My Scottish Heritage

It wasn’t until the end of my trip when I was asked if I had a little Scottish heritage in me. The question came from a driver who was taking us from where we dropped off our car rental to our hotel for the evening. The way he said it sounded as if he asked any tourist that he was in a car with the same question. I am sure he got an answer from many of those people that was the same as my answer, “Yes, I got a little bit of Scottish in me.”

Scotland is one of those countries that becomes a pilgrimage for many people because it tugs on something from within. They can hear the allure of hazy skies, whiskey tastings, history, kilts, highland games, and the occasional fish and chips. It promotes a lifestyle that they have only heard of in the books they have read as children or the stories told to them by an elder generation. They are curious about whether or not they can find a home in a land that was a home to their kin for so long.

Despite the rugged landscape, and the various castles, there is a sense of home that comes with traveling to Scotland. No matter where I went, I was greeted with a warm smile, and a friendly ear. Community was everywhere I looked. People would put down their phones to meet each other at the pub, or spend a day exploring the vast landscape that was offered. It is hard to come out to Scotland, and not fall in love with the land, the history and the people. For that reason, it feels like home.

The history of Scotland is one of rebellion, and national pride. It tells tales of victory, and defeat and how the land and the people were shaped by these moments. It boasts heroes whose exploits have been slightly altered to share national pride in other nations, so they can believe in the same fights that the Scots have fought for generations. It brings together nations under one banner while keeping its unique flavor for who they are and what they believe in. The history of Scotland is a fascinating one, and wherever I went in the country, I would run into a reminder of how rich and powerful that history was.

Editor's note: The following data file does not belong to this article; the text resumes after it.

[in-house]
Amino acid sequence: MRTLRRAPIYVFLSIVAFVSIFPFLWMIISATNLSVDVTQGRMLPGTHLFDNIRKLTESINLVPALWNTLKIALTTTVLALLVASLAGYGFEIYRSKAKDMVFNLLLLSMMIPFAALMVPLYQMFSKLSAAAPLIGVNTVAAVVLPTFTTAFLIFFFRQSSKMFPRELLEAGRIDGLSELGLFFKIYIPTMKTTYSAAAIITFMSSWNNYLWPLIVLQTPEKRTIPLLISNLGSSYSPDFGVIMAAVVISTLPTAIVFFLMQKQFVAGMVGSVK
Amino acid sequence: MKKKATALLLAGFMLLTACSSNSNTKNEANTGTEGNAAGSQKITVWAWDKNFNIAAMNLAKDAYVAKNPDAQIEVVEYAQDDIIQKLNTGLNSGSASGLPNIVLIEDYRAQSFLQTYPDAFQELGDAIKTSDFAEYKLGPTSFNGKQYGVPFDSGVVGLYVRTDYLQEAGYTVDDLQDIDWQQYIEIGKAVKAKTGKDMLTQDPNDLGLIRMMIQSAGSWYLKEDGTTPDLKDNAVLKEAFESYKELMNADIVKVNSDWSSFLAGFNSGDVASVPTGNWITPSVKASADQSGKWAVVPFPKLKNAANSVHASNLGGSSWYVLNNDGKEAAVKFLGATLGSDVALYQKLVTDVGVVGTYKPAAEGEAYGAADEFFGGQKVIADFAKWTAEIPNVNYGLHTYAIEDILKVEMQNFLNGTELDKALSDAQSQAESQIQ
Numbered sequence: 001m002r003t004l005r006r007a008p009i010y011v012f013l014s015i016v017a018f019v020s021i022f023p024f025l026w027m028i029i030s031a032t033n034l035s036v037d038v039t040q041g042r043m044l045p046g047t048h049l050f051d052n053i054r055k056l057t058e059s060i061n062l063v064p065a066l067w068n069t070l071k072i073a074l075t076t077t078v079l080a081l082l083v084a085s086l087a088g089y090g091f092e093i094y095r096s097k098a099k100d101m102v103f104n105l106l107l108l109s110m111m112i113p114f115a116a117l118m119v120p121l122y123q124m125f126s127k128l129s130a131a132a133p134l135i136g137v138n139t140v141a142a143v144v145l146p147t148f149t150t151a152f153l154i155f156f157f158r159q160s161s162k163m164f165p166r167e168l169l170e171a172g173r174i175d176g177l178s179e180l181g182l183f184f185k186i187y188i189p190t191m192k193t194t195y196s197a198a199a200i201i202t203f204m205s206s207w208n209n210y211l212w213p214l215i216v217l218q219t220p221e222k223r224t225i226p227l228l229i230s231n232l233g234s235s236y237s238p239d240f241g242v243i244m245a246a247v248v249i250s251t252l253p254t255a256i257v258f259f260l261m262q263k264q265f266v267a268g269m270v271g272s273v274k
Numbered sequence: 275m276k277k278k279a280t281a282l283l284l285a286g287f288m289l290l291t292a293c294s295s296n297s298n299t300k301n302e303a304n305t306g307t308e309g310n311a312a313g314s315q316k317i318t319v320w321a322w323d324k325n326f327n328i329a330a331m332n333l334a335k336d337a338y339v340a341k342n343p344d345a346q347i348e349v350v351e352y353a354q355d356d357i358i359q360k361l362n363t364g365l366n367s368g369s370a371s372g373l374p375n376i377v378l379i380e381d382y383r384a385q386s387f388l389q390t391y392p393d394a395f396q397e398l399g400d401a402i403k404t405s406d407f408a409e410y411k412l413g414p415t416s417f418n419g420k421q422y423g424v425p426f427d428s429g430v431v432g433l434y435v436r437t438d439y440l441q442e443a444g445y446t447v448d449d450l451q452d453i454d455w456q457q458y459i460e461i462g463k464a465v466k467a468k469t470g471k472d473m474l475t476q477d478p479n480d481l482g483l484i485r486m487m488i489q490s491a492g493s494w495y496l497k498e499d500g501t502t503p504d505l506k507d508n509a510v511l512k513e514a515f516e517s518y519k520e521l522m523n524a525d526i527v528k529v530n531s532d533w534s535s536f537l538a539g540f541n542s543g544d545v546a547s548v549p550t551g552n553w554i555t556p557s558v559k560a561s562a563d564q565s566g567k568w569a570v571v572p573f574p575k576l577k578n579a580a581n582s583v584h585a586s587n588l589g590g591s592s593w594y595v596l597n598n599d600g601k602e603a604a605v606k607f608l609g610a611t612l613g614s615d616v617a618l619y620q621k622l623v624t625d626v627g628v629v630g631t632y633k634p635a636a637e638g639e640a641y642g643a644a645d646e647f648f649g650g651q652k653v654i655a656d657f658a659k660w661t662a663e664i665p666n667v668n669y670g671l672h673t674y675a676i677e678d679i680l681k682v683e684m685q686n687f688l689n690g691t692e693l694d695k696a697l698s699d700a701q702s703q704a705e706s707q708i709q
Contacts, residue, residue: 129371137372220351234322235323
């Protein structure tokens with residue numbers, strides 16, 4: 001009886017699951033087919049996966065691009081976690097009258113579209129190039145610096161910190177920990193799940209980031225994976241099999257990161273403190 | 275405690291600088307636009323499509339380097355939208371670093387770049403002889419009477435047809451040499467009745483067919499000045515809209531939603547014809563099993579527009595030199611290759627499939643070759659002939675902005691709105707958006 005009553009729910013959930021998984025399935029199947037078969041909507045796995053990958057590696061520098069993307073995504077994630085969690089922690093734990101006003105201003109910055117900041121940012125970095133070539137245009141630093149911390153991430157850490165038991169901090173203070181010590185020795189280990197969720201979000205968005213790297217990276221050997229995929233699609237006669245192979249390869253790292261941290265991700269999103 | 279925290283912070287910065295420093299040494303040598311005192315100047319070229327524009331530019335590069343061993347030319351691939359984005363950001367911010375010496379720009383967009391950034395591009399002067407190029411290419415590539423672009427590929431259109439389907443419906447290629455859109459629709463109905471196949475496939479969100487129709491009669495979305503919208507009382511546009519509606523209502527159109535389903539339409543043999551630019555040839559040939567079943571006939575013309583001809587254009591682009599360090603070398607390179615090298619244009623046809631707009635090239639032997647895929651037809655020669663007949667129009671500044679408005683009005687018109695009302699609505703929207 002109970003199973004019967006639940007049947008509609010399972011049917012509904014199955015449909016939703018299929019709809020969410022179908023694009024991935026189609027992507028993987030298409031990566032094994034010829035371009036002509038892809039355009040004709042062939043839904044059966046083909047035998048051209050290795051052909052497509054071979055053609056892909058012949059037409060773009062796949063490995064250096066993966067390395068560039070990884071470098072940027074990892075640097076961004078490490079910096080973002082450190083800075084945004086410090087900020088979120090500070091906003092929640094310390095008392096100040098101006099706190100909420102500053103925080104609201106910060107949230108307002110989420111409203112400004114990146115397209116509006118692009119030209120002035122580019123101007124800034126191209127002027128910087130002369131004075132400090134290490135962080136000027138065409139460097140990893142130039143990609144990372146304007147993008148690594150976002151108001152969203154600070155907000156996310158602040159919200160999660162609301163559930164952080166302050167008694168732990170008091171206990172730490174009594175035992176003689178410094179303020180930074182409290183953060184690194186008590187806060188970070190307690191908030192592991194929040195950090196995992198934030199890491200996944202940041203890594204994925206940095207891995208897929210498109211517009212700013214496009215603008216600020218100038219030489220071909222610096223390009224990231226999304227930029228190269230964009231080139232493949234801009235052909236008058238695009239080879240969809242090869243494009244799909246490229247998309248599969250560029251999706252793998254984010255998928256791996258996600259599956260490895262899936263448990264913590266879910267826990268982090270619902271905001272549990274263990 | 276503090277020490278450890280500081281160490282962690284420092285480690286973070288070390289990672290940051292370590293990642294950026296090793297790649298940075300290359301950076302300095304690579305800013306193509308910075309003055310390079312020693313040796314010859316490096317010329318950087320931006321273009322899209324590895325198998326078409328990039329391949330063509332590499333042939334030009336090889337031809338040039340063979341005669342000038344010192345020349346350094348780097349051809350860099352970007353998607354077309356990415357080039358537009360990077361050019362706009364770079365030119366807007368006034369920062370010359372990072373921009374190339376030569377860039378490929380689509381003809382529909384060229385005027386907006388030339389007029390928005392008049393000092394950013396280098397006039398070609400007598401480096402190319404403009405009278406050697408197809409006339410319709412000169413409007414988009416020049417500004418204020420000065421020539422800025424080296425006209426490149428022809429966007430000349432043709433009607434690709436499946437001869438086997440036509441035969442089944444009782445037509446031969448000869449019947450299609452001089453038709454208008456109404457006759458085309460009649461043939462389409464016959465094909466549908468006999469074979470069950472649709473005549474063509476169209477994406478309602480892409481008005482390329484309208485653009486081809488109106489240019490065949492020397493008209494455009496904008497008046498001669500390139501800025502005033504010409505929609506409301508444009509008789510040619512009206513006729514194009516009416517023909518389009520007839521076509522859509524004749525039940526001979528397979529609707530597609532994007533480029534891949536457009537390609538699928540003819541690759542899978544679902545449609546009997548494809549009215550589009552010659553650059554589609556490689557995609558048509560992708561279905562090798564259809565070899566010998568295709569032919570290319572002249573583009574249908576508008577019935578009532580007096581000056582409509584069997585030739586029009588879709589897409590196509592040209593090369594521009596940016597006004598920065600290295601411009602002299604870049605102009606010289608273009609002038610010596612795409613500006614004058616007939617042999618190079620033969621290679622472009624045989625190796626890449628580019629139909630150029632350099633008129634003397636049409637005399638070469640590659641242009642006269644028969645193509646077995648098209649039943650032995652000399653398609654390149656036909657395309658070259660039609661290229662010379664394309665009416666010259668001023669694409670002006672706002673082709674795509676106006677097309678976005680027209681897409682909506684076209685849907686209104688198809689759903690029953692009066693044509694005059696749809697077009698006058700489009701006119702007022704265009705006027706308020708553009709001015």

Scotland does not just offer the world a rich history and wonderful story to tell. It is also one of the hearts for intellectual thought in the world. Many great writers and philosophers have called Scotland, or more specifically Edinburgh, their home. Names such as David Hume, Robert Louis Stevenson, Sir Arthur Conan Doyle, Charles Dickens, Robert Burns, and J. K. Rowling all have connections to this great city, and many people from across the globe have been affected by their works in some capacity at some point in their lives.

Scotland’s impact on the world does not only stop at philosophy and literature, but extends into the sciences as well. There were great medical discoveries that came from Scotland including the discovery of the first anesthesia, chloroform. They were also the ones who cloned the first animal, Dolly the sheep. Their contributions to medicine has influenced the common practices so much that we would still be in the dark ages without them.

Scotland may be a small island off in the distance to so many people that they would never consider it a part of their lives, but if they look closer, there is a part of their lives that have been touched by the Scottish. In a way, when that man asked visiting guests whether I had any Scottish heritage, their answer should all be the same. Their is a little bit of the Scottish heritage in all of us. We may not be able to claim a clan as our own, but we can talk about how their history and culture has affected us in some capacity.